Sixty five terrorists is a lot for a single strike, and apparently there were some big names in the group. President Obama must have signed off on this attack which, in my opinion, earns him some serious credit. The Bush administration had the opportunity to take out a couple hundred Taliban at a funeral two years ago and to their everlasting shame apparently declined. Who knows how many innocents have since lost their lives because those terrorists were spared?

Anyway, I wonder how many mourners will show up at the funerals of the Taliban killed in yesterday's strike. No doubt a lot of condolences will be sent along by email.

Check out Hot Air for more commentary on the missile strike.


Another One Bites the Dust

Generations of students have been taught that birds descended from dinosaurs and that a particular bird, Archeopteryx, is not only an intermediate species between the two taxa but proof of their evolutionary relationship. Well, now it appears that all those students will have to unlearn that "fact" of evolutionary history. It turns out that there's conclusive evidence that birds did not arise from dinosaurs and that the common ancestor, if there is one, between the two groups is unknown.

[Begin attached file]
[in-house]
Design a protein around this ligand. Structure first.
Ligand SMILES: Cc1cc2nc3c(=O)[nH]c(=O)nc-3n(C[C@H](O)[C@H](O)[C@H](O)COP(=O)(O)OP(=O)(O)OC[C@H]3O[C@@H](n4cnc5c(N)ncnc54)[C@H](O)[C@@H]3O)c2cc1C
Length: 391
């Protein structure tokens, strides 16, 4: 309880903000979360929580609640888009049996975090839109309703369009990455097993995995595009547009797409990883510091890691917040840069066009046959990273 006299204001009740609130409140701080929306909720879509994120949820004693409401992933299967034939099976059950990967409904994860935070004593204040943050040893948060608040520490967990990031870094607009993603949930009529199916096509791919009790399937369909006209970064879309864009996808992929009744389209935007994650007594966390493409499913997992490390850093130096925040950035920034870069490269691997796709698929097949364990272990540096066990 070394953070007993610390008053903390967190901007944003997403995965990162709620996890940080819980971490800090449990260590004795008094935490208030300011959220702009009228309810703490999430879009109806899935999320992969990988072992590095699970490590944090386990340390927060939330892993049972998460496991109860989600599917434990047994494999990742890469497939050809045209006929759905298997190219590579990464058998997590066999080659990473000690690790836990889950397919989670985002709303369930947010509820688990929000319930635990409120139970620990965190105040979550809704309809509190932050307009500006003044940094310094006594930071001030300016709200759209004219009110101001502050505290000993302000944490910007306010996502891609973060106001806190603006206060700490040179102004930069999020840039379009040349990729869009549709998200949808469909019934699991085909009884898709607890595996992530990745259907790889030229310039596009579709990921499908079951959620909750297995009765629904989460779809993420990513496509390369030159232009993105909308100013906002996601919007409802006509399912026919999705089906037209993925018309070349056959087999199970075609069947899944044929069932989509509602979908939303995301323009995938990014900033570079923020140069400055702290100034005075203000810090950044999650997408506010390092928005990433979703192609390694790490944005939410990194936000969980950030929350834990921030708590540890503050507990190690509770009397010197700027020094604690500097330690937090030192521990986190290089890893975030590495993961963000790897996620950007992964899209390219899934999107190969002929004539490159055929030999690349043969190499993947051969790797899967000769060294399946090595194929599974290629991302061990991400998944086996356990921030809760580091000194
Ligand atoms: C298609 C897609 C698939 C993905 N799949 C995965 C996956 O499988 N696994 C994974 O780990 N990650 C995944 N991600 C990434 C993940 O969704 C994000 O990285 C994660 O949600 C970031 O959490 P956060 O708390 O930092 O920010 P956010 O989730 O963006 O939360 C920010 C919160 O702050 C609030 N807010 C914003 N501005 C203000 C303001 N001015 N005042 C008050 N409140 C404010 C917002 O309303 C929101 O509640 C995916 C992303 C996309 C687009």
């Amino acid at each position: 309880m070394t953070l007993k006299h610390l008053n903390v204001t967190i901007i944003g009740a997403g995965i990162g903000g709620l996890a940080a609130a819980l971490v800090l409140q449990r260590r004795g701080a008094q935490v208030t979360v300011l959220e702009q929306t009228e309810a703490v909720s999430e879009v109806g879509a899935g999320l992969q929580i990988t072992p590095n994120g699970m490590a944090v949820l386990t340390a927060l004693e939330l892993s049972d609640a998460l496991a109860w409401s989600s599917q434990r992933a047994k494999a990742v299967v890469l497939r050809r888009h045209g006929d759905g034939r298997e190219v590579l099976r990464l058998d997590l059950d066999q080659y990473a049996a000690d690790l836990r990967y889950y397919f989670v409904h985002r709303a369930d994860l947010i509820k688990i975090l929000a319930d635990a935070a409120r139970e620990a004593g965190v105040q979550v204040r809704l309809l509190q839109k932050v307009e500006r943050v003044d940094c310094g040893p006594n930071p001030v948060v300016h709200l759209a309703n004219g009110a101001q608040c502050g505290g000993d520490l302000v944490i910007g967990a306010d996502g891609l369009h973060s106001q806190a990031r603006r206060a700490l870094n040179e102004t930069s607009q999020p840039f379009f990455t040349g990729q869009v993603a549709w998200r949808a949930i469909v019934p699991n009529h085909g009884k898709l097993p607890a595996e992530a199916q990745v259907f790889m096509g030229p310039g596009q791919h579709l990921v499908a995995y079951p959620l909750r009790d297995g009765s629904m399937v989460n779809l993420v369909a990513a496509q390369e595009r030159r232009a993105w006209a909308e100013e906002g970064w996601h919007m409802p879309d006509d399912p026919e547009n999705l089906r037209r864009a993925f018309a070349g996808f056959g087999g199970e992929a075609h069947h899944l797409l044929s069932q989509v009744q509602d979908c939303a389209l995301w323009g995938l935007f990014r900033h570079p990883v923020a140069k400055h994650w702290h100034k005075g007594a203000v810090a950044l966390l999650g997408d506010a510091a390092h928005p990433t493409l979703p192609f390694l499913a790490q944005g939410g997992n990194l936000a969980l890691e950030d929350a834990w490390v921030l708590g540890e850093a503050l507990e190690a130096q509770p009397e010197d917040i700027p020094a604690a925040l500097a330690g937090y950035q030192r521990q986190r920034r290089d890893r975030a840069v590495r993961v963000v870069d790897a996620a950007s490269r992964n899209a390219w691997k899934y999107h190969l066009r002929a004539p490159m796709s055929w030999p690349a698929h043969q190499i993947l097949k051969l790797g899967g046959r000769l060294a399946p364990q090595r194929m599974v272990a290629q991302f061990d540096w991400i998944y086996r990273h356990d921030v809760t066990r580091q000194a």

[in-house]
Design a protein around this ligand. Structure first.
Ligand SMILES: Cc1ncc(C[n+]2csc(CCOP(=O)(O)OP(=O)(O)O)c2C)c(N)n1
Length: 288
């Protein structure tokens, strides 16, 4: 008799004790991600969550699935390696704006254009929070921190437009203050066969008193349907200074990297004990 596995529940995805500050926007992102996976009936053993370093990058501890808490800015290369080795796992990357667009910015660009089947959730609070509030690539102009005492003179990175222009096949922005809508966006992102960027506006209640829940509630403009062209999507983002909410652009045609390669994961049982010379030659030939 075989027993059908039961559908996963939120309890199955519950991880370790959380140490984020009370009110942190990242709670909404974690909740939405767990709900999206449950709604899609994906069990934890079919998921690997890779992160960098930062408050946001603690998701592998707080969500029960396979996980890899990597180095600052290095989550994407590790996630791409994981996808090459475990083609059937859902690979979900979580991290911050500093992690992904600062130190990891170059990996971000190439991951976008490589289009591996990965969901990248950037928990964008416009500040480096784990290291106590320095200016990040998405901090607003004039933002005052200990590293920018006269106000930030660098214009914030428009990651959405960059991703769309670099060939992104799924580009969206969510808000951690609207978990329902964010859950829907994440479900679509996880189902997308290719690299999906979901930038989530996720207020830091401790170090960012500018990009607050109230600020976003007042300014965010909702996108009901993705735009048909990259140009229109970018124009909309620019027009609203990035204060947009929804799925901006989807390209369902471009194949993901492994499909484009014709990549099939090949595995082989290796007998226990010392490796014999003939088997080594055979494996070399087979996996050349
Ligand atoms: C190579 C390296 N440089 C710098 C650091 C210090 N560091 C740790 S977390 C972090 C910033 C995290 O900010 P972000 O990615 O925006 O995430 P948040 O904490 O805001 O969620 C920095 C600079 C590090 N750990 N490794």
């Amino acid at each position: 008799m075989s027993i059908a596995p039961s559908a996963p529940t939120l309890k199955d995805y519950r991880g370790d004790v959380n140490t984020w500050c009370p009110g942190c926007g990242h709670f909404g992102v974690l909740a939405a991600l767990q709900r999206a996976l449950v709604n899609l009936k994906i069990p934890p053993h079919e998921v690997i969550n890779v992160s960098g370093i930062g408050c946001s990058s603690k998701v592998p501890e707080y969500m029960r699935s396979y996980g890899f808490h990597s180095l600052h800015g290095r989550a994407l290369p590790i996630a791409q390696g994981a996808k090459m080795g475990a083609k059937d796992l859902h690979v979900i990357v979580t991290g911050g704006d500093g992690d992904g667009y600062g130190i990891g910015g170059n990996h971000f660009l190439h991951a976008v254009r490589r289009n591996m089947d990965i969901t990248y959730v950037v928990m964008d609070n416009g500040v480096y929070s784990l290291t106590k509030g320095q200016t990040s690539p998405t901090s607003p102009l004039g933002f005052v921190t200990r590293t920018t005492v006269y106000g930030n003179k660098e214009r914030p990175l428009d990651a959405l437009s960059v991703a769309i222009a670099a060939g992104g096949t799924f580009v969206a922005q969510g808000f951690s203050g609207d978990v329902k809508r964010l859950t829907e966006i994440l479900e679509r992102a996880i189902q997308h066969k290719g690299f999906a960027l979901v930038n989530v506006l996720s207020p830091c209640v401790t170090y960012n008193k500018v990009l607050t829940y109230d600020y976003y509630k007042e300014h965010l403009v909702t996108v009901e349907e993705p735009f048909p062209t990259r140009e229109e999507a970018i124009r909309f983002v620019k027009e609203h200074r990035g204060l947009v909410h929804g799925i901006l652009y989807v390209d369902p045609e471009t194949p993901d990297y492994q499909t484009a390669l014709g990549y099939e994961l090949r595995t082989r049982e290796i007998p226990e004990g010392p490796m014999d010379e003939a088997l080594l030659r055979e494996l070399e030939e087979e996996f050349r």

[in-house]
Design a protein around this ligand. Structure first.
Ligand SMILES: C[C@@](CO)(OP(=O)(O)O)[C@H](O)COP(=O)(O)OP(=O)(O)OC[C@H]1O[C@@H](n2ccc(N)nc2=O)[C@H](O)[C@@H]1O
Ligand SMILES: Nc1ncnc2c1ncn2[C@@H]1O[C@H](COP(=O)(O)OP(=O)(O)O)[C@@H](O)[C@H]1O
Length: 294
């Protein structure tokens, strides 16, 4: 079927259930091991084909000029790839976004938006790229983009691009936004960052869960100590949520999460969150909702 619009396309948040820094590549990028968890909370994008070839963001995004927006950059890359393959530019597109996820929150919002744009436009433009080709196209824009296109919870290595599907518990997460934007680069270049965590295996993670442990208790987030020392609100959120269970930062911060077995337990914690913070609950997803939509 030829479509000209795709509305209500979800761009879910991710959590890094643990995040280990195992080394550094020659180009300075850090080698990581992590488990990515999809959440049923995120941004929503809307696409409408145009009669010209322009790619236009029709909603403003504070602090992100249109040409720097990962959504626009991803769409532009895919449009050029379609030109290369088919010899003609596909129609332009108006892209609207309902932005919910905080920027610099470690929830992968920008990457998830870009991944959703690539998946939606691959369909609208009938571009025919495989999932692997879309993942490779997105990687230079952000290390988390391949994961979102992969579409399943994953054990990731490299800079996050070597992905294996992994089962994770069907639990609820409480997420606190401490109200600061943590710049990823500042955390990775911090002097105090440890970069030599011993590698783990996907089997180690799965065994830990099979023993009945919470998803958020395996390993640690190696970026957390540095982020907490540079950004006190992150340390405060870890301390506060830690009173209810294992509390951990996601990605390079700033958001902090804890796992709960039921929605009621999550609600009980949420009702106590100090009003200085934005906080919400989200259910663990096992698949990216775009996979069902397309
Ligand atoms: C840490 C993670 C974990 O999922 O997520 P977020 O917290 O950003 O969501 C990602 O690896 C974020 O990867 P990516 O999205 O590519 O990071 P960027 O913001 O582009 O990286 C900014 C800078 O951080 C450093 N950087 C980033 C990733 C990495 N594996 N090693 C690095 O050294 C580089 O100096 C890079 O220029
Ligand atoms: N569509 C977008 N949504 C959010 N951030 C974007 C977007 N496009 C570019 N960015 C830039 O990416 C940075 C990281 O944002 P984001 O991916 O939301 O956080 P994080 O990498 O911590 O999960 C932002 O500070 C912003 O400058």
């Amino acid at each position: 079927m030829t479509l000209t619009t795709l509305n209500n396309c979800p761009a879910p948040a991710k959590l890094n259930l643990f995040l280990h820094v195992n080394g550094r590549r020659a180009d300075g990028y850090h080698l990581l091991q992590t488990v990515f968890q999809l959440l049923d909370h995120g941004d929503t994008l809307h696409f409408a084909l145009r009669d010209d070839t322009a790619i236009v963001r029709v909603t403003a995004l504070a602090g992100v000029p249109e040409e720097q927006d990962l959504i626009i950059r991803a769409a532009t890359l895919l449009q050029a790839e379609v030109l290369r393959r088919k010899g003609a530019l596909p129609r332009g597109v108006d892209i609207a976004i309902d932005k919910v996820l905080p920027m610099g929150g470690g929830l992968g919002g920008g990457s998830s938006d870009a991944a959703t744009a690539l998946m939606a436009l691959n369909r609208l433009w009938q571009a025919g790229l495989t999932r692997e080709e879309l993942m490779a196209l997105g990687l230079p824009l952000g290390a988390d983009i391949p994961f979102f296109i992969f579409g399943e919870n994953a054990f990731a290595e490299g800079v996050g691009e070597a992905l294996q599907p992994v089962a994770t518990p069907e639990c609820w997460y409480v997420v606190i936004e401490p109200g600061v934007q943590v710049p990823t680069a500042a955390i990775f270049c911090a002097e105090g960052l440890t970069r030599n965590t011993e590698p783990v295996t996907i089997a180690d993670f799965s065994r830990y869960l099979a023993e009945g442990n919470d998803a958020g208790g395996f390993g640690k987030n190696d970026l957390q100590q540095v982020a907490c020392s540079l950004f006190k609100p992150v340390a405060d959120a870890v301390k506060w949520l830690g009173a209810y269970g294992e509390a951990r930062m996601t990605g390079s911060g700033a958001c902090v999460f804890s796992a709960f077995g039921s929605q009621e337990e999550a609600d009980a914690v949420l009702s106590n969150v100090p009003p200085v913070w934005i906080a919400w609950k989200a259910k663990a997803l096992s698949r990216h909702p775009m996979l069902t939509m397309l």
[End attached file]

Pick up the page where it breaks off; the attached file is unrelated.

This story from Science Daily recounts the bad news for those who for decades have cited Archeopteryx to refute those benighted creationist claims that there are no transitional fossils between dinosaurs and birds:

Researchers at Oregon State University have made a fundamental new discovery about how birds breathe and have a lung capacity that allows for flight - and the finding means it's unlikely that birds descended from any known theropod dinosaurs.

The conclusions add to other evolving evidence that may finally force many paleontologists to reconsider their long-held belief that modern birds are the direct descendants of ancient, meat-eating dinosaurs, OSU researchers say. It's been known for decades that the femur, or thigh bone in birds is largely fixed and makes birds into "knee runners," unlike virtually all other land animals, the OSU experts say. What was just discovered, however, is that it's this fixed position of bird bones and musculature that keeps their air-sac lung from collapsing when the bird inhales.

However, every other animal that has walked on land, the scientists said, has a moveable thigh bone that is involved in their motion - including humans, elephants, dogs, lizards and - in the ancient past - dinosaurs.